Sales takeaway: To increase buyer commitment, salespeople should ask for a series of small commitments.
Here’s a sample sequence:
- Before the first meeting: Send preliminary questions for the prospect to review.
- Before the second meeting: Email relevant materials and ask the prospect to look them over.
- After the second meeting: Ask the prospect to complete a small task, like moving data into the free version of your software product or completing an audit of their current process that relates to your product.
By gradually upping your prospect’s commitment, you'll make buying seem like a foregone conclusion.
Confirmation bias is interpreting information in a way that confirms what you already believe.
Sales reps can fall victim to this bias if they ask prospects leading questions in search of a specific answer.
For example, if a rep thinks a prospect could benefit from new onboarding software, they might ask, “Would you like to get your new employees producing better results, faster?” Of course the answer is yes, but that doesn’t confirm the prospect needs new onboarding software.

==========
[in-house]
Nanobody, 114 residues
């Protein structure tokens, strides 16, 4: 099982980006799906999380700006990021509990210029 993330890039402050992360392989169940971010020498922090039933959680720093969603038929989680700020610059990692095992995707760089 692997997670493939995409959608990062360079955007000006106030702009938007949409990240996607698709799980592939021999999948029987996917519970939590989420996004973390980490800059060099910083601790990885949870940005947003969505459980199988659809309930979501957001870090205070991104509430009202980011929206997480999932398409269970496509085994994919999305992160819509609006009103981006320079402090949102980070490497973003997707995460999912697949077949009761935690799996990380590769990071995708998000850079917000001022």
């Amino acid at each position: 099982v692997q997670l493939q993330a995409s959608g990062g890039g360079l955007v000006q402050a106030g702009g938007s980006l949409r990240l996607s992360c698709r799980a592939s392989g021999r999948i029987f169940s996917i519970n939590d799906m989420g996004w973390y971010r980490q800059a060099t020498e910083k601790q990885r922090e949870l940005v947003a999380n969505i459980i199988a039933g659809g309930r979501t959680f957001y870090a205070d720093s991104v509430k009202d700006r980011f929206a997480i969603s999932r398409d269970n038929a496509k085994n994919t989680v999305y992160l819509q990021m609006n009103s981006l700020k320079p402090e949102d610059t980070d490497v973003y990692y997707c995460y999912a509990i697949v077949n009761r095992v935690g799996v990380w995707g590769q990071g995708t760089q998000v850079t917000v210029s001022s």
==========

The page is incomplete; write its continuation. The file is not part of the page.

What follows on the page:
Sales takeaway: While it’s helpful to have research-backed assumptions prior to talking to a prospect, reps must be open to new information and admit when their educated guess are incorrect.
When you notice a pattern in a completely random series of events, you’ve fallen for the clustering illusion.
In sales, this might look like a rep who successfully uses a specific strategy -- then uses that technique in every sale going forward. This bias is likely how the sales script came to life: If it worked with one prospect, the thinking goes, it will work with all of them.